WASHINGTON — Until now, it’s all been academic. Who’s polling well? Is Joe Biden too old? Is Pete Buttigieg too young? Can Elizabeth Warren win as the candidate of ideas? Will Bernie Sanders turn off voters and seem hypocritical with an unabashed populist message even after becoming a millionaire from book sales?
All of these questions can often seem like part of a conversation the media is having with itself. But starting this week, the 2020 Democratic primary will take off in earnest, with the first debates of the election cycle set in Miami, Florida, on Wednesday and Thursday.
Few people will be looking at them with the same perspective as Debbie Wasserman Schultz.
A former chair of the Democratic National Committee from 2011 to 2016, the Florida congresswoman organized the party’s debates four years ago. (She later resigned from the position after Wikileaks released stolen emails that showed her favoring former secretary of state Hillary Clinton over Vermont Senator Sanders.)
And while that contest indeed became tumultuous — the mutual resentment between the Clinton and Sanders camps can still be deeply felt in Democratic circles — there was a glaring difference. In 2016, the race started with just six presidential hopefuls. As of this writing, there are 23 Democrats vying to take on US President Donald Trump next year.
With such a crowded race, the DNC divided the first debates into a two-night event, with 10 of the top 20 candidates debating one night, and the other 10 debating a day later. Three candidates didn’t make the cut to participate at all.
Under these circumstances, Wasserman Schultz thinks it will be difficult for any of the Democrats to have a breakout moment on stage. Rather, she said, it will jump-start the process of narrowing the field.
“I think with two nights of 10 candidates each, it’s obviously challenging for any candidate to really get a whole lot of time to capture people’s imaginations,” she recently told The Times of Israel in a brief interview.
“These initial debates are a weeding out process, the beginning of a weeding out process. You have to be creative and do as much as you can to grab the notice and attention of voters and leave an impression with voters that you did well. That’s what the first debates are about,” she said.
But unlike the 2016 Republican primary, which also had a large group of candidates, the DNC will not divide the candidates based on their polling numbers. Instead, they are dividing them up randomly.
As a consequence, the second night is stacked with many of the most prominent contenders — Biden, Buttigieg, Sanders, and California Senator Kamala Harris — whereas the first night includes only one candidate polling in the top five: Massachusetts Senator Elizabeth Warren.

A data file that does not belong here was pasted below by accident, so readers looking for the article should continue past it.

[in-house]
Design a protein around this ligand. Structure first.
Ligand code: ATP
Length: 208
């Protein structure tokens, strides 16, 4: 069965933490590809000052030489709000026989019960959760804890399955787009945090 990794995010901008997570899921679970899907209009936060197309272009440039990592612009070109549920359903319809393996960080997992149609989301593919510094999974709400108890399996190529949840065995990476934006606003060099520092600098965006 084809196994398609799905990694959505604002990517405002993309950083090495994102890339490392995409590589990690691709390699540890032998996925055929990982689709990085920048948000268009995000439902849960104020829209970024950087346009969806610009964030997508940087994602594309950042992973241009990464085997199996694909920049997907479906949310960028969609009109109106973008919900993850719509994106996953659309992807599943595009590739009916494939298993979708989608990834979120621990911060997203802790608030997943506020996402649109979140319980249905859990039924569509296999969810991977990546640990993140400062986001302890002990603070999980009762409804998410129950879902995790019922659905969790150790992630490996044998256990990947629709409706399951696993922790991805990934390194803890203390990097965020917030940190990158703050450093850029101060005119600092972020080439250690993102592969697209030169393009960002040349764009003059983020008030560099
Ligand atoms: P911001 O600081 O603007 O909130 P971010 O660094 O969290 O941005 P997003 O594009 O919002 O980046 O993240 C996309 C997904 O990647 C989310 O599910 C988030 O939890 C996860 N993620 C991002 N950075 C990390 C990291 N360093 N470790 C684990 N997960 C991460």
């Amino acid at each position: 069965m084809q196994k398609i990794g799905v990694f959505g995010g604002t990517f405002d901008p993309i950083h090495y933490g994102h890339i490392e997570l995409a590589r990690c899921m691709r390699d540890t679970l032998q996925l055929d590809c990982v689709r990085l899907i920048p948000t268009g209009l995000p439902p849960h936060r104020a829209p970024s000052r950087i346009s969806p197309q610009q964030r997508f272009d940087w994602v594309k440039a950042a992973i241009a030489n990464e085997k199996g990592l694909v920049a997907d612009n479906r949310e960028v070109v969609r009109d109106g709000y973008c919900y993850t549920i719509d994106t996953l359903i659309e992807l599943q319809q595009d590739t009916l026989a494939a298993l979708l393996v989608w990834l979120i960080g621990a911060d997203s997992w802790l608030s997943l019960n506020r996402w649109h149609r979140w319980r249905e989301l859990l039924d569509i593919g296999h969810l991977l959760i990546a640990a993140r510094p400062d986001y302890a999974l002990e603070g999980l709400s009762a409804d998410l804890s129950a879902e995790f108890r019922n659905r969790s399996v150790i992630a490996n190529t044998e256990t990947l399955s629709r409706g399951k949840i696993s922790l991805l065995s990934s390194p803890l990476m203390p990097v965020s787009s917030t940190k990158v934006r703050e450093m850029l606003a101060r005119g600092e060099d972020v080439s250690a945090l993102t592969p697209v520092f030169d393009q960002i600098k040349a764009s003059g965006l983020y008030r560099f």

Pundits have debated whether that will be an advantage or a disadvantage for the wonkish legislator climbing in the polls. Wasserman Schultz thinks she’ll do just fine.
“She’s proven to be pretty adept at maximizing opportunity, so I think she will likely perform well no matter what night she is on the stage,” she said.
“Regardless of the night, there is also the position on the stage. The way the Republicans did it was when you did well in the polls, you moved more to the center. That often matters because the moderator who is managing the debate time is going to see you more easily when you’re on the center than when you are on the end. Every candidate has to focus on the best strategy to maximize their impact. Elizabeth Warren certainly has proven that she has the ability to get the attention she needs.”
Because Warren is polling the best out of all the other candidates who will debate Wednesday night, she will be in the center of all her rivals.
Wasserman Schultz would not say whether she thought this approach was the best way to deal with a primary this packed, but said she empathized with the current head of the DNC, Tom Perez, who she said will irritate people no matter how he decides to manage the primary process.
“I think the DNC chair, having experienced it myself, is in a very difficult situation,” she said. “Whoever loses out on the criteria that was established is critical. If someone doesn’t like the night that they’re on, if someone doesn’t like the network that the broadcast is on, if they don’t think the timing is right, the candidates are always going to try to find a foil for their frustration.”
But Wasserman Schultz was dismissive of the notion that deeper frustrations may unfold within the party over the nomination fight, whether ideological differences between the more progressive camps and more centrist camps — i.e. the Sanders and Warren wings versus the Biden wing — could splinter the Democrats at a time when they need to be at full strength if they want to unseat Trump.
Asked whether she was worried about Democratic disunity, Wasserman Schultz answered succinctly: “No, I’m not worried about that at all.”